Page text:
A wall mounted adaptation to allow a height impaired person to operate a standard light switch from lower down, without the need for rewiring or use of “smart” lighting.
The client uses a shower chair to move through his home and needed a head rest mounting on it.
The client has very limited movement in his arms and hands but can move his head accurately. He used to enjoy reading so to allow him to read independently again a device that let him control an e-reader with his head was needed.
The client requires eye drops every fifteen minutes but also suffers from severe arthritis and is unable to dispense these herself. To improve her independence and decrease the workload on her husband a device that allowed her to dispense the drops herself was needed.
A soulution to the recurring demand to mount equipment to wheelchairs including Wanzil trend babyy carrier, YEPP child bike seat and a solution for non-child carrying purposes using an offset socket which can be useful for other devices (for example a tray).
The lady had suffered from sepsis and, as a consequence, had lost both hands and both feet. The NHS were able to provide a wheelchair and later prosthetic legs but had little to offer in the short term to provide hand functions. We were able to provide basic implements to enable her to feed herself, brush her hair, and to write birthday cards and sign cheques.
Attach a canopy to a child’s wheelchair and extend the handles to allow his parent to push when it is in a reclined position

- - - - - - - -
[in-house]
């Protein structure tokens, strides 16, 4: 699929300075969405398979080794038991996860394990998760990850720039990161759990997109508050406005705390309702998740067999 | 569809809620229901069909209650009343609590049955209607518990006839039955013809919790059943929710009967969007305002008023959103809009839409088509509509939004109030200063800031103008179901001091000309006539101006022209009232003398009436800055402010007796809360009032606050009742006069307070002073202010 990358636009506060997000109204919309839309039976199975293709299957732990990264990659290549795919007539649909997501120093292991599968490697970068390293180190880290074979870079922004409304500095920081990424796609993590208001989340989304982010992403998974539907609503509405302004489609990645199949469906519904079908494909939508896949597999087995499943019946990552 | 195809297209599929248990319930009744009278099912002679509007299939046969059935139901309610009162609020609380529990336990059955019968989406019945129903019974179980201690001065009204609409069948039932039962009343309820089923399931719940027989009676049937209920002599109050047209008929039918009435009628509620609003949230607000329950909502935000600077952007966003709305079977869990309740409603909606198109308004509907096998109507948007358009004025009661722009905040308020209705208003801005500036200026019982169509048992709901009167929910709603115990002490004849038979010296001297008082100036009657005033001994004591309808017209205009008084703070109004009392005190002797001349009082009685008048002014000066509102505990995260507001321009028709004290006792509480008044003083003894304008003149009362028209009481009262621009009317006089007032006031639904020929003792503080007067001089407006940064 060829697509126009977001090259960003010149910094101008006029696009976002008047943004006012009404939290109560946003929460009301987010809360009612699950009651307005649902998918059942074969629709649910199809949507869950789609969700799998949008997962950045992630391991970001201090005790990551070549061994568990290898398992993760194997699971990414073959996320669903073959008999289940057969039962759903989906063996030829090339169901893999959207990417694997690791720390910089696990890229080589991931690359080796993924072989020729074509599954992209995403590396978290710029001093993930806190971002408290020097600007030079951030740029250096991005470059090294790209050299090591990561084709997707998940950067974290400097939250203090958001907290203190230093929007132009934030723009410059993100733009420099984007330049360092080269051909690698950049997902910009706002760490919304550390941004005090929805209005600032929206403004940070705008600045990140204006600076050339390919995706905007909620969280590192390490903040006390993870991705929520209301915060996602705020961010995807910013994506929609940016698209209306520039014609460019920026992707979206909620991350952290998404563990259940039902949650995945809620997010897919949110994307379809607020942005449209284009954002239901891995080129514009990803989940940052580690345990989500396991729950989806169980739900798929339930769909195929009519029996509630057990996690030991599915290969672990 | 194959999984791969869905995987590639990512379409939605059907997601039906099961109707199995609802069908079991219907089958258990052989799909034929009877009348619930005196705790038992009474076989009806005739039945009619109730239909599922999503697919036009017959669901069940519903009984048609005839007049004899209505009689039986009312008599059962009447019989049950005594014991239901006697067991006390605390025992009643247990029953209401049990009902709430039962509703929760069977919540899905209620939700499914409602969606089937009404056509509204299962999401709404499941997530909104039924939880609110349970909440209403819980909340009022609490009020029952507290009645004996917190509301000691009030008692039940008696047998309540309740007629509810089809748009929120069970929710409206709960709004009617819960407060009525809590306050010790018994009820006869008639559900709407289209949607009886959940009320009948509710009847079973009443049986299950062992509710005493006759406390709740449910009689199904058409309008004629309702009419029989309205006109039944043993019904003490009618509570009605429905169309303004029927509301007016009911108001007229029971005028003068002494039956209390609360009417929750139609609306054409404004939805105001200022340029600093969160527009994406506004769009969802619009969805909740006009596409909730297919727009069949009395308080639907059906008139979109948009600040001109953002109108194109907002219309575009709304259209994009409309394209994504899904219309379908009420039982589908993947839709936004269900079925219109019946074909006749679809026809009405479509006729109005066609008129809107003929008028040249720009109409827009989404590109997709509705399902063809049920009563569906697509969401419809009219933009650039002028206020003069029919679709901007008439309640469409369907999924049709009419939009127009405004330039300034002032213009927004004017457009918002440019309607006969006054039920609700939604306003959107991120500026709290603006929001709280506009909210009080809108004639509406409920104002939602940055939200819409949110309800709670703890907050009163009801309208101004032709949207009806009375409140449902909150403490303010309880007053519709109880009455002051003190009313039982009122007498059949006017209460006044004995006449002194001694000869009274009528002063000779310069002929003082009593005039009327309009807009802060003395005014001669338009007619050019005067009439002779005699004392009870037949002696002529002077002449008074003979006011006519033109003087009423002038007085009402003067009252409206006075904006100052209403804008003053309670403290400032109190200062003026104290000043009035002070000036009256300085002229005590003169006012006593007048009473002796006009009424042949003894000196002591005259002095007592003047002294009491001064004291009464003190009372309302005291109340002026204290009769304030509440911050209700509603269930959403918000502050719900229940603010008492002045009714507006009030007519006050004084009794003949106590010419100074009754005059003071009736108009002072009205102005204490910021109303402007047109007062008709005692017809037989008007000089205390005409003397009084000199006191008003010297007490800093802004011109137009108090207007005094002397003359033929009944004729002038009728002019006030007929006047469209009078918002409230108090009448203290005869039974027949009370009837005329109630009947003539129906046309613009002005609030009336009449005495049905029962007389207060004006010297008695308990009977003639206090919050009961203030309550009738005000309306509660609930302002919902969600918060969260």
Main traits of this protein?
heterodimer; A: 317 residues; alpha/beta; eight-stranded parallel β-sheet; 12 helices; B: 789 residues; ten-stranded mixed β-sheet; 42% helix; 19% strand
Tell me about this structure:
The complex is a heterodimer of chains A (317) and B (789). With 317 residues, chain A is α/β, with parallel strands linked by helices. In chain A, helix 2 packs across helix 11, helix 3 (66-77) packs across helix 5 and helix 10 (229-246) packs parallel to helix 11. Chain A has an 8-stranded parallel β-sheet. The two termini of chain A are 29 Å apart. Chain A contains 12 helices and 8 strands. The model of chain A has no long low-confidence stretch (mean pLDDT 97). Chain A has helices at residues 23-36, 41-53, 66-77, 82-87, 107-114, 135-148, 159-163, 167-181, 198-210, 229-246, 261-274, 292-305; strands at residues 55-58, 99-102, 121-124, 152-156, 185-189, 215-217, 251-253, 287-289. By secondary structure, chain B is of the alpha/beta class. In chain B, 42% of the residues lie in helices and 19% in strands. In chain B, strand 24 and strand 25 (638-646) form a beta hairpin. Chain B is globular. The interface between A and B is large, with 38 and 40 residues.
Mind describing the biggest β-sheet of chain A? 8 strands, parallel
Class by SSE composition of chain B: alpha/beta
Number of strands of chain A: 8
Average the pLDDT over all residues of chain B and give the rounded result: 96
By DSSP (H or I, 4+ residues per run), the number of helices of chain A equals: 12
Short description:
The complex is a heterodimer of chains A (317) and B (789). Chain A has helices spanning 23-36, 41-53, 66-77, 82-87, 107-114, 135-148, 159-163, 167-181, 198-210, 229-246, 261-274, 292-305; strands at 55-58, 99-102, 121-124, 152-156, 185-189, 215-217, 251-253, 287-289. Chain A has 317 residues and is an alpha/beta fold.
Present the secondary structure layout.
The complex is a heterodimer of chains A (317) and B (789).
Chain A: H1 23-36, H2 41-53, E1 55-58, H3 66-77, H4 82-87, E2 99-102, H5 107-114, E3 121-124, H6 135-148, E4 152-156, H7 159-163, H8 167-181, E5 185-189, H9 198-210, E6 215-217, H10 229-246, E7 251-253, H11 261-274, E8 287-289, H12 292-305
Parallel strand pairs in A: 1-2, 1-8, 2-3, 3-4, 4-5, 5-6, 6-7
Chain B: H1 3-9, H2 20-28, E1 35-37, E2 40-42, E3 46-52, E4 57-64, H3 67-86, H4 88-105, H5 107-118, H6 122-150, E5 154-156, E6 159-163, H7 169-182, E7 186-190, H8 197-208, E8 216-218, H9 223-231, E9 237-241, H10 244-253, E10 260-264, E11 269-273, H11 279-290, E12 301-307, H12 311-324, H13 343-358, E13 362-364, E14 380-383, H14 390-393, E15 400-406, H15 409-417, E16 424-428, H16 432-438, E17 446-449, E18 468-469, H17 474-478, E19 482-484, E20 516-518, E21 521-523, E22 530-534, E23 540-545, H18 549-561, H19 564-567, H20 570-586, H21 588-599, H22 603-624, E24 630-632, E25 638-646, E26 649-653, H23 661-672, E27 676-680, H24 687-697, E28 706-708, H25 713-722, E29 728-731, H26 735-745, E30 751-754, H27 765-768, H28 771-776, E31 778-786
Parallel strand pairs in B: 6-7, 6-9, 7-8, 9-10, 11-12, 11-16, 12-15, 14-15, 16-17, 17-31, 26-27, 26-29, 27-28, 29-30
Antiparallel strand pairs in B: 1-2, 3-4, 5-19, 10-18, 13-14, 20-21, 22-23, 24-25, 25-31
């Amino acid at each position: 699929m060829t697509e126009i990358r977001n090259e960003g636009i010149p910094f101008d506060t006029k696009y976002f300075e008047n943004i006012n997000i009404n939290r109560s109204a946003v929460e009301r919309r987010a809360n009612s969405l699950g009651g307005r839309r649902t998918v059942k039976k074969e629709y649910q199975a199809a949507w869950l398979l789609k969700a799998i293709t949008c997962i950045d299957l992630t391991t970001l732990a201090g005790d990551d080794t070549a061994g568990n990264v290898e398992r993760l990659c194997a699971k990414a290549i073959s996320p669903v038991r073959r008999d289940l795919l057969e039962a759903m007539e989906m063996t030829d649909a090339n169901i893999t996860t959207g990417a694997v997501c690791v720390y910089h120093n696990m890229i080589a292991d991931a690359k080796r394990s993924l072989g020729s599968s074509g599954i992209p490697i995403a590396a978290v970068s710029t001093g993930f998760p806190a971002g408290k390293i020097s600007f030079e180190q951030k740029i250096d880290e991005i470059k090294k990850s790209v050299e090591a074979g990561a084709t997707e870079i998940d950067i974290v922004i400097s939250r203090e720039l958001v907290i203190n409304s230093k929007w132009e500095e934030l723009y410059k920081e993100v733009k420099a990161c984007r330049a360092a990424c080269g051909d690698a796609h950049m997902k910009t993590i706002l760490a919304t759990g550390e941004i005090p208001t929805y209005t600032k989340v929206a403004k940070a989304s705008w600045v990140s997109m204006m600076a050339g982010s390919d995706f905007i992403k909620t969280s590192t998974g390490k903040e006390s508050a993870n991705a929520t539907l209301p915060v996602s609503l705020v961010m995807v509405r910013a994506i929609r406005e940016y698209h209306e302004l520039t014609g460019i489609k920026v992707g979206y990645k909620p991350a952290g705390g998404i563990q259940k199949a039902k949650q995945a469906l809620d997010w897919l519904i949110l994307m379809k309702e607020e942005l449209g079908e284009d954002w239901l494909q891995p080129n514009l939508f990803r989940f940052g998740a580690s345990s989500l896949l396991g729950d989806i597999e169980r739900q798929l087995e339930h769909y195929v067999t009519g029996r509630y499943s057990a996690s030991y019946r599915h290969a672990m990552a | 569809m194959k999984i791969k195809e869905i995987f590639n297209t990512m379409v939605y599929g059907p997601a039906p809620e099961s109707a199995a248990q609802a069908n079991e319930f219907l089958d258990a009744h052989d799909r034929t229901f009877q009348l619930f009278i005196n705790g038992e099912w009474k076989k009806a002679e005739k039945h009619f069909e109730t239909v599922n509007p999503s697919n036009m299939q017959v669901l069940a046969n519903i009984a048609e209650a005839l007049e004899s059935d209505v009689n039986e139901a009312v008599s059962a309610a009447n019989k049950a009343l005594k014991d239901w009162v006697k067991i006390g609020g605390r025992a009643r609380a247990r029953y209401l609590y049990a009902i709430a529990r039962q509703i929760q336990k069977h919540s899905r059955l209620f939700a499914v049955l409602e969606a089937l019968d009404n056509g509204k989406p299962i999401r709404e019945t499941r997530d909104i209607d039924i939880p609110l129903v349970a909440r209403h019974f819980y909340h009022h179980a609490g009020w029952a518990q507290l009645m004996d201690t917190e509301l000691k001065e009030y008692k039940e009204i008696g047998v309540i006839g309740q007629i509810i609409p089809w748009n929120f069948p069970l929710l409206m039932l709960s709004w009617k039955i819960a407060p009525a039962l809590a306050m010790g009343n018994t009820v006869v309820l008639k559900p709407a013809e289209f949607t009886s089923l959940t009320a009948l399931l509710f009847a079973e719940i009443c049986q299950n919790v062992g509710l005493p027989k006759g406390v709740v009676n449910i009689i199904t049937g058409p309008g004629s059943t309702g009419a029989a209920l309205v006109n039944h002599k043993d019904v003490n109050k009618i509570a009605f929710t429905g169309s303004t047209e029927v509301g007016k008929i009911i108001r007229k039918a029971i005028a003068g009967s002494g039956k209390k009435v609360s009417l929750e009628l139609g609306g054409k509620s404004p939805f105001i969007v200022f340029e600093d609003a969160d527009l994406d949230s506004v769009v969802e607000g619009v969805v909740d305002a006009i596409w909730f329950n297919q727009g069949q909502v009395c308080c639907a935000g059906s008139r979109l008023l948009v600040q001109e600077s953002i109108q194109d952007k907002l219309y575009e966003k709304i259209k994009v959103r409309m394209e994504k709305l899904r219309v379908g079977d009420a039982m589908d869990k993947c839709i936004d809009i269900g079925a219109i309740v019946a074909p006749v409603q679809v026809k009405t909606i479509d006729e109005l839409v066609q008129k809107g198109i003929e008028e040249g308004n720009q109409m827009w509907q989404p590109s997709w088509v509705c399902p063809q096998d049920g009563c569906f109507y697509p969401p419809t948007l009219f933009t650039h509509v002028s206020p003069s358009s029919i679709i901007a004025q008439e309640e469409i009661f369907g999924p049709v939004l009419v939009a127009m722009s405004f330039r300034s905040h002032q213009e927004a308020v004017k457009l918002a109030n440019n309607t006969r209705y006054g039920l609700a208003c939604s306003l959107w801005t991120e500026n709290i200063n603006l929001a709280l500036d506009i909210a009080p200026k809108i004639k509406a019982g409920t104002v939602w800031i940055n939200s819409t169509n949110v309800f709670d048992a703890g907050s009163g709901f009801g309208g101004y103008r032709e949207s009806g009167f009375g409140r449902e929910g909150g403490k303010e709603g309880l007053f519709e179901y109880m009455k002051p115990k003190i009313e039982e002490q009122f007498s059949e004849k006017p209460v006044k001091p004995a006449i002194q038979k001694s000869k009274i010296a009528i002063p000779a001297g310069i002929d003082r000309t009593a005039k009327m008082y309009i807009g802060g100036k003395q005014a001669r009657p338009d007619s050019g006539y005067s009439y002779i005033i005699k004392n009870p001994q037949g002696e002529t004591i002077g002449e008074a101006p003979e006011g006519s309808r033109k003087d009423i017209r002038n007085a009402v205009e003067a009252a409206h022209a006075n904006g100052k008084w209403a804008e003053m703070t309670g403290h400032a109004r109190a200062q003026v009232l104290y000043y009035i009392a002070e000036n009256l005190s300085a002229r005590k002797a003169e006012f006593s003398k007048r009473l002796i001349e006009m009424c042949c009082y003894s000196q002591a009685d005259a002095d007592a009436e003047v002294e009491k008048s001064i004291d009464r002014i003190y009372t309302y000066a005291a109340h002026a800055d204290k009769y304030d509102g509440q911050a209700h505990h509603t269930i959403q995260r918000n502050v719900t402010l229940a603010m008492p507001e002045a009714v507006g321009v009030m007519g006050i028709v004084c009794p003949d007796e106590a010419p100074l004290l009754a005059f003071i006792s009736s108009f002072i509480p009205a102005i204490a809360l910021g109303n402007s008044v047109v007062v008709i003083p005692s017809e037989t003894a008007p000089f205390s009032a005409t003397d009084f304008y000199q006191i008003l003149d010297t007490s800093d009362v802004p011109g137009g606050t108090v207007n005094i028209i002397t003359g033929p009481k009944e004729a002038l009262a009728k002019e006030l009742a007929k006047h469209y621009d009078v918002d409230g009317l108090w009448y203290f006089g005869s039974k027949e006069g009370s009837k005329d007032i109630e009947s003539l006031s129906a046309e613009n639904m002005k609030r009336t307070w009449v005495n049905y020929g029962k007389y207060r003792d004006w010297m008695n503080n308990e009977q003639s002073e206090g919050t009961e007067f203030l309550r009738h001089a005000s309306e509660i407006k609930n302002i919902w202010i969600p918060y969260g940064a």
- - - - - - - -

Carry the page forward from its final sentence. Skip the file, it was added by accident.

The client can’t raise her arms to hang the washing out without severe pain. A washing line that could be easily lowered and raised was needed to make this day to day task bearable.
The client is unable to voluntarily open his jaw and needed a new safer method for his therapist to use.
An activity board for a special school
The Client wears a positive air pressure mask at all times. This makes it difficult for people to hear what she says.
The client is mostly paralysed from the neck down except that he can move one arm but has minimal grip. The only way he could press the buttons on the hand held bed controller was to bite the buttons with his teeth.
A man who had a stroke now uses an attendant propelled wheelchair. The access/egress from the house in which he resided was difficult with a need to negotiate a right angle bend in a very confined location. An infill next to a step provided a level access and incorporated a turntable on which the chair could be rotated to the new direction.
The client, who was bed-bound for certain periods of the day, required access to a multiplicity of items that he was unable to reach from his existing bedside cabinet
Child-sized portable voice amplifier for a child with a very soft voice
The client required a light weight tray for her wheelchair for use when out and about.